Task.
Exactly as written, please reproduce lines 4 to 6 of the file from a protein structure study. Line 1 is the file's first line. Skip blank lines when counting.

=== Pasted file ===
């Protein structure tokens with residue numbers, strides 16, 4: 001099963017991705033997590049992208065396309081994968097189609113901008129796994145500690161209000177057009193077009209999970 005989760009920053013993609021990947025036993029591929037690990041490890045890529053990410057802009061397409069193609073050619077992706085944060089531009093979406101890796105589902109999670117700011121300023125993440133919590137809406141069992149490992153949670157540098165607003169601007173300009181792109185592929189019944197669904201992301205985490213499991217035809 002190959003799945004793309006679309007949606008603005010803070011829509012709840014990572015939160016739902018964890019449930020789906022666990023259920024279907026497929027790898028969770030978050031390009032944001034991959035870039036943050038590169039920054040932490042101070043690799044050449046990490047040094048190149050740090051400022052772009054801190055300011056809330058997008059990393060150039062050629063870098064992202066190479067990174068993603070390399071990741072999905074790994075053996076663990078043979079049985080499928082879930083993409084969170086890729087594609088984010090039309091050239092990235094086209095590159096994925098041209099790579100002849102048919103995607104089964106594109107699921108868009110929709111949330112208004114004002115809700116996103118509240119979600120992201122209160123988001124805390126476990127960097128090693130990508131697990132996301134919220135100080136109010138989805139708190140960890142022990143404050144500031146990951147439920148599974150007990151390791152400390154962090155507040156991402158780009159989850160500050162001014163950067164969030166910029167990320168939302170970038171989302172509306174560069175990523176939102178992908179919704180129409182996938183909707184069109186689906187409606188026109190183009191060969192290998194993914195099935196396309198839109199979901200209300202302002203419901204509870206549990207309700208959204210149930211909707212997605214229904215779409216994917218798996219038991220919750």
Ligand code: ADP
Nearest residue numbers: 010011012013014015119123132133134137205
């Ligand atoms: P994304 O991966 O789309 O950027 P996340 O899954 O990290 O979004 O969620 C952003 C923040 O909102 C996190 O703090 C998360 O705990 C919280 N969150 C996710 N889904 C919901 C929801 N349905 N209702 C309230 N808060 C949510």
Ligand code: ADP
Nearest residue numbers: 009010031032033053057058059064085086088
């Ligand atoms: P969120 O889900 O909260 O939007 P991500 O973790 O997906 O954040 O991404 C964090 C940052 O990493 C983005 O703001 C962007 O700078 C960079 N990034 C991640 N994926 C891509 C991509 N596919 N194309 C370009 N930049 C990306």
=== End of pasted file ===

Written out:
């Ligand atoms: P994304 O991966 O789309 O950027 P996340 O899954 O990290 O979004 O969620 C952003 C923040 O909102 C996190 O703090 C998360 O705990 C919280 N969150 C996710 N889904 C919901 C929801 N349905 N209702 C309230 N808060 C949510």
Ligand code: ADP
Nearest residue numbers: 009010031032033053057058059064085086088